If you’re having problems with sending and receiving emails from your WordPress site, using a free SMTP server can offer improved reliability and deliverability at no cost.
By default, WordPress tries to send transactional emails via PHP mail, which leads to all kinds of problems. Transactional emails are your site’s automated emails such as password resets, order confirmations, etc.
SMTP, short for Simple Mail Transfer Protocol, lets you send your site’s emails via a dedicated email server. This means your site can send emails more reliably and those emails are less likely to end up in users’ spam folders.
In this post, we’ll look at seven free SMTP server options that you can use with your WordPress site, including the free Gmail SMTP server.
For each option, we’ll briefly introduce you to it, share any limitations with the free plan, and show you how to set it up on WordPress.
Check Out This Video Guide to Using a Free SMTP Server for WordPress Emails
What You Need to Use a Free SMTP Server With WordPress
To integrate any of these tools into your WordPress site, you’ll need a plugin.
Some of these tools offer their own dedicated integration plugins. If not, you can find several quality free SMTP plugins at WordPress.org, like Post SMTP Mailer/Email Log which is a 100% free relaunch of the popular Postman SMTP plugin.
For the tutorials below, we will use:
- A service’s dedicated WordPress plugin when available.
- Post SMTP Mailer/Email Log when a dedicated plugin isn’t available. You should be able to follow the same basic instructions with other plugins, though.
Ready? Let’s start!
7 Free SMTP Server Solutions to Use with WordPress
Here are the free SMTP providers that we’ll cover – keep reading for more detail on each tool:
Gmail SMTP Server
You probably already know Gmail for its free email offering. However, Google also lets you use Gmail as an SMTP server to send emails from your website.
With a free Gmail account, you can send up to 500 emails per rolling 24 hour period. Or, if you’re a paid Google Workspace subscriber ($6 per month), you can send up to 2,000 emails during the rolling 24 hour period.
Setting up the free Gmail SMTP server is a little more labor-intensive than some of these other tools. However, the extra effort is worth it as Gmail also offers the highest free sending limit of any tool on this list.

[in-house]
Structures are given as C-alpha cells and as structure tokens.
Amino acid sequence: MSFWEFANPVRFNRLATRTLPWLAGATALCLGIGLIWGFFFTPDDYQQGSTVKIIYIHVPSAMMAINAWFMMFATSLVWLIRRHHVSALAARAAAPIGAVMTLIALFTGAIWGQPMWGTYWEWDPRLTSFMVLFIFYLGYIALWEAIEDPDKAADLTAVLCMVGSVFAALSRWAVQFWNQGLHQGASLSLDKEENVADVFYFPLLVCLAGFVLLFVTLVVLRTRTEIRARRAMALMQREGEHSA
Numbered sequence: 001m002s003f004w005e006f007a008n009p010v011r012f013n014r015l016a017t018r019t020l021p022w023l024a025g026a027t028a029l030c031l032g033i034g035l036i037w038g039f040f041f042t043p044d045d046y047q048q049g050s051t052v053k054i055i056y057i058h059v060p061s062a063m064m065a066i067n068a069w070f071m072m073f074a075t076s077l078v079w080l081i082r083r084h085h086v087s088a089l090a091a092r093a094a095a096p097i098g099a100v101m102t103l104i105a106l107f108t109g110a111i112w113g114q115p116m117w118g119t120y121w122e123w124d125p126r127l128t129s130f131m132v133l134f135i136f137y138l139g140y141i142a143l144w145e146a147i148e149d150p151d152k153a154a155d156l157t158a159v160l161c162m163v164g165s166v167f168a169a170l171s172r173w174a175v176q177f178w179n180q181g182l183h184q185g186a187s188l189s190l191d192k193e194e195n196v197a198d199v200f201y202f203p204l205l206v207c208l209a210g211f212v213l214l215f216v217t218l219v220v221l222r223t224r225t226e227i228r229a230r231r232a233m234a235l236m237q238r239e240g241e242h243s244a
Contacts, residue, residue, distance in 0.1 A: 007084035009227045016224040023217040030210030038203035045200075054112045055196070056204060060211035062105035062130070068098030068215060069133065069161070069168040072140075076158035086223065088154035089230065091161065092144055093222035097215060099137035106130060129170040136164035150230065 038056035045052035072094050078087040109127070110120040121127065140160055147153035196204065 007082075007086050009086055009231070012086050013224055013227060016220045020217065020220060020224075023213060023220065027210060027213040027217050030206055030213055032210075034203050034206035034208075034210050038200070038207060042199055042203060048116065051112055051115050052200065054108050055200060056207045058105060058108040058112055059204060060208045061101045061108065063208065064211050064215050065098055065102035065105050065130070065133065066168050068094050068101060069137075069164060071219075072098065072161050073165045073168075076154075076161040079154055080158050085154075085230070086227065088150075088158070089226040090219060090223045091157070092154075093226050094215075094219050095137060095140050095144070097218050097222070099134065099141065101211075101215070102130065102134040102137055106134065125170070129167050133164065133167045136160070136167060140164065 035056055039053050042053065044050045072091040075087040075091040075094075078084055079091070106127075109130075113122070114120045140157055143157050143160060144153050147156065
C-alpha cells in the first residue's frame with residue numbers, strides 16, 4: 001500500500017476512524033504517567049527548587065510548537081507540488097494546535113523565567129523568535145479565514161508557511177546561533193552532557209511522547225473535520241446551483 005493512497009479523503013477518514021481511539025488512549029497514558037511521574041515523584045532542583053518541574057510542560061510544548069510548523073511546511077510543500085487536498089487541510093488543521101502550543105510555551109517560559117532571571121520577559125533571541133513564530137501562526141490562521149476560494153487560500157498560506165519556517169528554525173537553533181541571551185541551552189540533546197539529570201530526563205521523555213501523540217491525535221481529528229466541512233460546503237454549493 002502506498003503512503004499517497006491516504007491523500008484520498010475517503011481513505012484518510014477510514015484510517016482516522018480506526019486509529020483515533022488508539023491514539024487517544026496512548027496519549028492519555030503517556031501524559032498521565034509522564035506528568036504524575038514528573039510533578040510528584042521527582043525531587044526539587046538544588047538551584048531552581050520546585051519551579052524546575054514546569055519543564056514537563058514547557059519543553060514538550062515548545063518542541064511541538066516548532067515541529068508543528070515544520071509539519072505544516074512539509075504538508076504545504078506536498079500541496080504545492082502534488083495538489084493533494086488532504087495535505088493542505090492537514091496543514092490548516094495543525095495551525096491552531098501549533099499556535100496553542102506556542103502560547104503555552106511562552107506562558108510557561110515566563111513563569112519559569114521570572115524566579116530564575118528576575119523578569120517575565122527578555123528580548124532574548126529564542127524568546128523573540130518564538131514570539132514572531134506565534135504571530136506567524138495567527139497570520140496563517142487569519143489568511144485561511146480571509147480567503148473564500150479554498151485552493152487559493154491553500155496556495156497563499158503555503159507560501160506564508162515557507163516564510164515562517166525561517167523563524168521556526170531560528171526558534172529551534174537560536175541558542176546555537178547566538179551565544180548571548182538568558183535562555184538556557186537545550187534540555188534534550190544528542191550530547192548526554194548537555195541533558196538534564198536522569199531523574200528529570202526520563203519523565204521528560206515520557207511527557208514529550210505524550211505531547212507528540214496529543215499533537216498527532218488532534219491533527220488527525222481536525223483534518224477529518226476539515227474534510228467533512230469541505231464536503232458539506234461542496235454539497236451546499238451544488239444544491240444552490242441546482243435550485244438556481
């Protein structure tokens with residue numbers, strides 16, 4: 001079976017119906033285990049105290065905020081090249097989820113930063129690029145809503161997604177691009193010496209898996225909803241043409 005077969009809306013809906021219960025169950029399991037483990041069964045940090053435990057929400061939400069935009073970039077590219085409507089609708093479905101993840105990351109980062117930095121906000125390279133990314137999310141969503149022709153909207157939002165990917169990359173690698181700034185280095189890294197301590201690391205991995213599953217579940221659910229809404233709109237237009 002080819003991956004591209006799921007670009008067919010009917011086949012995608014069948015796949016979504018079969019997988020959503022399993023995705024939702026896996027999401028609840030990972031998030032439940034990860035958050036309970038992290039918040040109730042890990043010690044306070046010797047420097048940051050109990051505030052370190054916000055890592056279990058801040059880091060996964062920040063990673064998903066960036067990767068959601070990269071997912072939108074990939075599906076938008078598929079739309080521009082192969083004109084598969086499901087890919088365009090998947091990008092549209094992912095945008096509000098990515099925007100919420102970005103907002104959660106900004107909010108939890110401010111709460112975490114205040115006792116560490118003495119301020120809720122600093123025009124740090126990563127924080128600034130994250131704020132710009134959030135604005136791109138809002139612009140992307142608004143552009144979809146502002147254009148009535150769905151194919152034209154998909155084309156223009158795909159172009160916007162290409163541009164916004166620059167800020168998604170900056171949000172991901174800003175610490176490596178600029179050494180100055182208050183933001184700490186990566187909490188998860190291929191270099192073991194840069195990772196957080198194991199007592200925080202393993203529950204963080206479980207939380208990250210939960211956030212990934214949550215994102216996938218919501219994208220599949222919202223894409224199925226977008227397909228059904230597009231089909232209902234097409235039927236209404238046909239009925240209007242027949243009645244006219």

You can use Gmail’s SMTP server information in a number of different places. You can use this in your local email client like Microsoft Outlook or within your WordPress site, which is what we’ll focus on.
To set up Gmail with your WordPress site, you’ll need to:
- Create a Google app
- Configure your WordPress site to send via the app using a plugin
If you want to send emails from a custom domain (e.g. [email protected]) instead of Gmail ([email protected]), you’ll first need to set up and pay for Google Workspace. We have an entire post on why we like Google Workspace, as well as how to set up Google Workspace MX records to connect Google Workspace to your custom domain name.
If you’re fine sending emails from a Gmail address, you don’t need to do anything before starting the tutorial.
Here’s how to use the Gmail SMTP server to send WordPress emails…
1. Configure Post SMTP Mailer/Email Log
To tell your WordPress site to send via your Google app, you can install the free Post SMTP Mailer/Email Log plugin from WordPress.org.
Once you’ve activated it, go to the new Post SMTP tab in your WordPress dashboard and click Show All Settings to view all of the options.
First, go to the Message tab and set your “from” email address and name.
Once you’ve done that, go back to the Account tab and use the Type drop-down to select Gmail API. This will expose some additional options. Keep this page open because you’ll need the following information in the next step:
- Authorized redirect URI
2. Create a Google App
Next, you need to create a Google App. This is what allows your WordPress site (or any other app) to securely connect to the Gmail SMTP server to send emails.
To do this, open a new browser tab, go to the Google Developers Console, and create a new project. If this is your first time logging in, Google should prompt you to create a new project. Otherwise, you can do so by clicking the drop-down next to the Google APIs logo (indicated by  in the screenshot below).